Single-crystal semiconductors have a particularly important place in optoelectronics, since they are the starting material for high-quality sources, receivers and amplifiers. Other materials, however, can be relevant to some device classes: polycrystalline or amorphous semiconductors can be exploited in light-emitting diodes (LEDs) and solar cells; dielectrics (also amorphous) are the basis for passive devices (e.g., waveguides and optical fibers); and piezoelectric (ferroelectric) crystals such as lithium niobate are the enabling material for a class of electrooptic (EO) modulators. Moreover, polymers have been recently exploited in the development of active and passive optoelectronic devices, such as emitters, detectors, and waveguides (e.g., fibers). Nevertheless, the peculiar role of single-crystal semiconductors justifies the greater attention paid here to this material class with respect to other optoelectronic materials.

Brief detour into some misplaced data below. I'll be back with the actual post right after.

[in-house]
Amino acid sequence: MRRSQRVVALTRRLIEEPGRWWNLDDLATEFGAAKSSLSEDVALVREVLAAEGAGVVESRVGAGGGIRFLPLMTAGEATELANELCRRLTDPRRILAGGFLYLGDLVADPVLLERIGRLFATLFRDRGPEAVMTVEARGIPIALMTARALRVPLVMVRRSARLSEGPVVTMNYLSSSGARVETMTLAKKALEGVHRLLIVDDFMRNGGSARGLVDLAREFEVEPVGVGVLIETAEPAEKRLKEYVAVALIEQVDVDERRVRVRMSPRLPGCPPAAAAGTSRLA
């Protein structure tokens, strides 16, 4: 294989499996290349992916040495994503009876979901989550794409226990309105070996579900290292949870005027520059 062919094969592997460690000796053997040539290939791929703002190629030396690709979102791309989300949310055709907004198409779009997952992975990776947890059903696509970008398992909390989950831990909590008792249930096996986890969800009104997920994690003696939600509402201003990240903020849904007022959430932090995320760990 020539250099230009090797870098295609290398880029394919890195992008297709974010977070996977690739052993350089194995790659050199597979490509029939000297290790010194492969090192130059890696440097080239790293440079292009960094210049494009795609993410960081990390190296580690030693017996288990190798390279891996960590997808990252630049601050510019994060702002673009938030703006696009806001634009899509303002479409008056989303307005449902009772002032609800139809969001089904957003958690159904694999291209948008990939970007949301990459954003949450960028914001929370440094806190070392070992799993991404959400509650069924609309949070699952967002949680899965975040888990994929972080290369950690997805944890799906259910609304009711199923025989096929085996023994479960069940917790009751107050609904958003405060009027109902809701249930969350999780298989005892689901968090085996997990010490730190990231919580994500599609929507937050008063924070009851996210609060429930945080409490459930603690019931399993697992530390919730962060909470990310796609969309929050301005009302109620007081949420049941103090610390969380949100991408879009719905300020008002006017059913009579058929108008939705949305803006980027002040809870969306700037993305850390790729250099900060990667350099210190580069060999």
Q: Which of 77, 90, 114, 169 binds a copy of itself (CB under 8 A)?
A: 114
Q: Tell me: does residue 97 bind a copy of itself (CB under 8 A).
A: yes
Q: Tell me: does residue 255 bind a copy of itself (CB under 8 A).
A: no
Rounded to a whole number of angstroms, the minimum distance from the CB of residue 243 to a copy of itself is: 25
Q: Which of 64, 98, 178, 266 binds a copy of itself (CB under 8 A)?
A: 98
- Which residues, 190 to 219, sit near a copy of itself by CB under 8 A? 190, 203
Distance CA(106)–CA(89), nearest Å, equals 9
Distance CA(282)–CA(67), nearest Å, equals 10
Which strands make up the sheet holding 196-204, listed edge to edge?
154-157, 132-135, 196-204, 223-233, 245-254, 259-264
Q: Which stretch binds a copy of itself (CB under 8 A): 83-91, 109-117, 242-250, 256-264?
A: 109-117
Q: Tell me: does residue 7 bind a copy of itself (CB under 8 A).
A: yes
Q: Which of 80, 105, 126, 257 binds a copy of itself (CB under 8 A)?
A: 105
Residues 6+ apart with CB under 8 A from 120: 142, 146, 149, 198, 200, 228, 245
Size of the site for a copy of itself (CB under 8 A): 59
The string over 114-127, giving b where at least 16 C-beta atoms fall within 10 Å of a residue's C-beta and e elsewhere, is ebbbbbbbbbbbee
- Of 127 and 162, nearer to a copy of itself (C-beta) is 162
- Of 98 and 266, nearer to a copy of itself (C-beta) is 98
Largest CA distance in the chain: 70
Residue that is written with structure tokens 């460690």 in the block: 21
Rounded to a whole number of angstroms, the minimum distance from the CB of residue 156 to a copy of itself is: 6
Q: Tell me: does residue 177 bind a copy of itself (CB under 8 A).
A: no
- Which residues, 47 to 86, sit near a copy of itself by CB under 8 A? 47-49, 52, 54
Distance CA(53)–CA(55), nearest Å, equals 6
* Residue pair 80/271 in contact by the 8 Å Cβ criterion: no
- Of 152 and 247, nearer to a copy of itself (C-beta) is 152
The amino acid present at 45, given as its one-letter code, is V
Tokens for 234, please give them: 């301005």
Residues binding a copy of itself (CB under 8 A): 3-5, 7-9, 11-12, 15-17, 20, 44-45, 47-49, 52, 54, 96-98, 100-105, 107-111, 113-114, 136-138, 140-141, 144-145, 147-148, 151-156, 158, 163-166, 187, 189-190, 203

From the standpoint of electron properties, semiconductors are an intermediate step between insulators and conductors. The electronic structure of crystals generally includes a set of allowed energy bands, that electrons populate according to the rules of quantum mechanics. The two topmost energy bands are the valence and conduction band, respectively, see Fig. 1.1. At some energy above the conduction band, we find the vacuum level, i.e., the energy of an electron free to leave the crystal. In insulators, the valence band (which hosts the electrons participating to the chemical bonds) is separated from the conduction band by a large energy gap Eg, of the order of a few electronvolts (eV). Due to the large gap, an extremely small number of electrons have enough energy to be promoted to the conduction band, where they could take part into electrical conduction. In insulators, therefore, the conductivity is extremely small.